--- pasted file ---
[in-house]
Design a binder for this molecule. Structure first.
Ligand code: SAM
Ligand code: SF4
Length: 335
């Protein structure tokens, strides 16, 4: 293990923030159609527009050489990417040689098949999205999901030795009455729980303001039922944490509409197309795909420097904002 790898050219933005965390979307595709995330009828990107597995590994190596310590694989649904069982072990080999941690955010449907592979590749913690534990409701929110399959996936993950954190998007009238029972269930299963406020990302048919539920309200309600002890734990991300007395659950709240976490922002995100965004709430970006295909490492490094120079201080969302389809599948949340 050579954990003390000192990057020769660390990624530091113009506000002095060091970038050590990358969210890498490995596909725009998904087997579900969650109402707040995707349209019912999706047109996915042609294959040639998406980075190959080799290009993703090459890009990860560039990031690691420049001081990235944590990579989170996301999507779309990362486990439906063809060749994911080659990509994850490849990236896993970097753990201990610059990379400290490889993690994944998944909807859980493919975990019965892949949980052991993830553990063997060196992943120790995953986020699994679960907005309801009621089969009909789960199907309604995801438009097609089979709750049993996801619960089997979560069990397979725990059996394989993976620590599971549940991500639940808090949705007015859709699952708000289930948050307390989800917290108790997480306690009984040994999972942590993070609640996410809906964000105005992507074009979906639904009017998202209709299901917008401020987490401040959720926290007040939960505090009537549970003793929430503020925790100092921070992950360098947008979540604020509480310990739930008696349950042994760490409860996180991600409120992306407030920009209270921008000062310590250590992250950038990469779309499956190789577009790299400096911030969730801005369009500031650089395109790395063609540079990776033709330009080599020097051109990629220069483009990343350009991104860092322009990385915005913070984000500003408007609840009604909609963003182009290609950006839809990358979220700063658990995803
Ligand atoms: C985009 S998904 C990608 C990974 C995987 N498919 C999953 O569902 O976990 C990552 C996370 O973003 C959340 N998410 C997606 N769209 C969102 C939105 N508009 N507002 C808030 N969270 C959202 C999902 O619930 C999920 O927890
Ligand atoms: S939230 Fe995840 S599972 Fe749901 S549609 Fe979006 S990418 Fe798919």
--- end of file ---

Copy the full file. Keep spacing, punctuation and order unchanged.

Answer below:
[in-house]
Design a binder for this molecule. Structure first.
Ligand code: SAM
Ligand code: SF4
Length: 335
């Protein structure tokens, strides 16, 4: 293990923030159609527009050489990417040689098949999205999901030795009455729980303001039922944490509409197309795909420097904002 790898050219933005965390979307595709995330009828990107597995590994190596310590694989649904069982072990080999941690955010449907592979590749913690534990409701929110399959996936993950954190998007009238029972269930299963406020990302048919539920309200309600002890734990991300007395659950709240976490922002995100965004709430970006295909490492490094120079201080969302389809599948949340 050579954990003390000192990057020769660390990624530091113009506000002095060091970038050590990358969210890498490995596909725009998904087997579900969650109402707040995707349209019912999706047109996915042609294959040639998406980075190959080799290009993703090459890009990860560039990031690691420049001081990235944590990579989170996301999507779309990362486990439906063809060749994911080659990509994850490849990236896993970097753990201990610059990379400290490889993690994944998944909807859980493919975990019965892949949980052991993830553990063997060196992943120790995953986020699994679960907005309801009621089969009909789960199907309604995801438009097609089979709750049993996801619960089997979560069990397979725990059996394989993976620590599971549940991500639940808090949705007015859709699952708000289930948050307390989800917290108790997480306690009984040994999972942590993070609640996410809906964000105005992507074009979906639904009017998202209709299901917008401020987490401040959720926290007040939960505090009537549970003793929430503020925790100092921070992950360098947008979540604020509480310990739930008696349950042994760490409860996180991600409120992306407030920009209270921008000062310590250590992250950038990469779309499956190789577009790299400096911030969730801005369009500031650089395109790395063609540079990776033709330009080599020097051109990629220069483009990343350009991104860092322009990385915005913070984000500003408007609840009604909609963003182009290609950006839809990358979220700063658990995803
Ligand atoms: C985009 S998904 C990608 C990974 C995987 N498919 C999953 O569902 O976990 C990552 C996370 O973003 C959340 N998410 C997606 N769209 C969102 C939105 N508009 N507002 C808030 N969270 C959202 C999902 O619930 C999920 O927890
Ligand atoms: S939230 Fe995840 S599972 Fe749901 S549609 Fe979006 S990418 Fe798919």